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Philip

Saving my pension means I will have something for my children to inherit.

Philip, 66, is divorced and has two adult children. He receives his full State Pension, has final salary pension income of £40,000 a year and a defined contribution pension pot of £80,000. He owns his home and has £350,000 in savings and investments.

Phillip

What Philip wants

I have a good-sized pension pot which I want to leave to my children.


Philip's idea

My final salary pension and State Pension, together with my savings and investments, give me a comfortable income, so I can leave my pension pot invested for my children to inherit when I die. I could take it as cash in one go and give it to them now, but if I did that, the kids would get less because of the tax that would be payable.


What Philip does

  1. Philip leaves his pension pot invested as he has no intention of drawing on it, although he still can if he needs or wants to, now, or in the future

  2. His pension pot remains invested with the hope that the value will increase up until his death, when his children, as named beneficiaries, will inherit it

  3. If Philip decides to make a withdrawal, the first 25% of any sum is tax-free

  4. The remaining 75% is subject to income tax. As his other income puts him in the higher rate tax band, he will pay 40% tax on this amount


What Philip gets

Pension pot £80,000 remains invested
Tax-free cash 25% of each withdrawal is tax-free
Withdrawals 75% of each withdrawal will be taxed at 40%

See how we worked this out

  • State Pension age65
  • State Pension£8,546
  • Pension pot£80,000
  • Other income£40,000 a year
  • Other savings£350,000
  • Property value£310,000

Philip's calculation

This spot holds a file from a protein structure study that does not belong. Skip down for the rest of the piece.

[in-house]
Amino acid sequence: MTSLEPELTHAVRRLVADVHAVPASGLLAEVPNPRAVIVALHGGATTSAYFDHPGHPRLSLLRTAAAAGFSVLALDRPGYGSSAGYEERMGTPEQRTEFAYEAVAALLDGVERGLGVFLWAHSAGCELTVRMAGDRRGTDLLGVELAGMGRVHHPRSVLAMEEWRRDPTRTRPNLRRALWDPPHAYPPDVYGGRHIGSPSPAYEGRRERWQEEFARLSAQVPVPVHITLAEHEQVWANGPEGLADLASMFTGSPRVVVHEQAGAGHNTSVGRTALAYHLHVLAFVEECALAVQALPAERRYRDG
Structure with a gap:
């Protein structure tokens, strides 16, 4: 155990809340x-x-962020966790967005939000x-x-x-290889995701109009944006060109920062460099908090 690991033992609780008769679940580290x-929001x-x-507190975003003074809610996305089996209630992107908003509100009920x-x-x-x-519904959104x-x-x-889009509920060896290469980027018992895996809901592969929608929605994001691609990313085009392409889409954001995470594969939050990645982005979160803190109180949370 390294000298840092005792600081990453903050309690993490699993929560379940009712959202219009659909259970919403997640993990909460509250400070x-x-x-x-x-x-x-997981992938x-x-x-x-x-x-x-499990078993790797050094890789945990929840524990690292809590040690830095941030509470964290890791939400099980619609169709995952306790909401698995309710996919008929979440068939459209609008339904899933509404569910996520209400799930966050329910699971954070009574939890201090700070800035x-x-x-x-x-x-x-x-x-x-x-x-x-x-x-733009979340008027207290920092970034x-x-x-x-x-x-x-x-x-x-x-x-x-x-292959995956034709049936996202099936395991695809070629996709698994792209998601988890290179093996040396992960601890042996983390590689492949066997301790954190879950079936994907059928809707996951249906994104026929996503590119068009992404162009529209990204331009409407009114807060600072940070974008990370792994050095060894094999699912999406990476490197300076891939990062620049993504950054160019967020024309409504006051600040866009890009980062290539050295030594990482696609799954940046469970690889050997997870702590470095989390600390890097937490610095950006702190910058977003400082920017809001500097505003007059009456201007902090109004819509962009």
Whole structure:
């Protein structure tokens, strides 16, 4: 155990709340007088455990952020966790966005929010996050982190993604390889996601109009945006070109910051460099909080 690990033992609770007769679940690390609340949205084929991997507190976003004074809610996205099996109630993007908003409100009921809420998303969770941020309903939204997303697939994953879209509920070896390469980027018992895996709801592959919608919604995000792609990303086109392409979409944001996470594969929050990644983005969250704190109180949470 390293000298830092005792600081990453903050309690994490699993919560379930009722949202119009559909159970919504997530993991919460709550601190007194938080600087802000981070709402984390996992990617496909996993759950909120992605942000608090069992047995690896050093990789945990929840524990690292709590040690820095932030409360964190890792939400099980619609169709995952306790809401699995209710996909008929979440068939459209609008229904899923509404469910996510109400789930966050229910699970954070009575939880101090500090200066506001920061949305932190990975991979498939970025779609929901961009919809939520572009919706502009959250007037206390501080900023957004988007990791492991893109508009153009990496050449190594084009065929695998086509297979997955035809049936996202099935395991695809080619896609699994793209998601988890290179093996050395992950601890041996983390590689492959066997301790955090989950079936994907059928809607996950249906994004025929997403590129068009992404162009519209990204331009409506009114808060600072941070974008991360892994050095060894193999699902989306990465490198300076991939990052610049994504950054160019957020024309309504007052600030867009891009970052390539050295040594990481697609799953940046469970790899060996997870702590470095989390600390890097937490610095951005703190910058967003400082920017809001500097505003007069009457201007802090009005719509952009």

Personal allowance (0% tax) Earnings from £0 to £11,850
Basic rate (20% tax) Earnings from £11,851 to £46,350
Higher rate (40% tax) Earnings from £46,351 to £150,000
State Pension £8,546 a year
Final salary pension £40,000 a year
Total regular income (subject to tax) £48,546 a year

Important things to consider

  • Philip is hoping for growth on his pension pot but the value can fall as well as rise and is not guaranteed. The final value available to his children could be less than the current value of £80,000

  • If Philip dies before the age of 75, his children, as named beneficiaries, will inherit any remaining money in the pension pot free of inheritance and income tax

  • If Philip dies after age 75, any income his children take from the pot will be subject to income tax

  • Tax payable on any income will be taken off before it is paid out

  • This example is based on current law and tax rates. These may change in the future and income tax will depend on individual circumstances

  • The income tax rates and bands for Scottish residents may be different

  • The State Pension amount shown here is the current maximum and is only an example. The amount you get depends on your National Insurance contributions’ record and your individual circumstances. You can get a State Pension forecast by visiting View - Check your State Pension 

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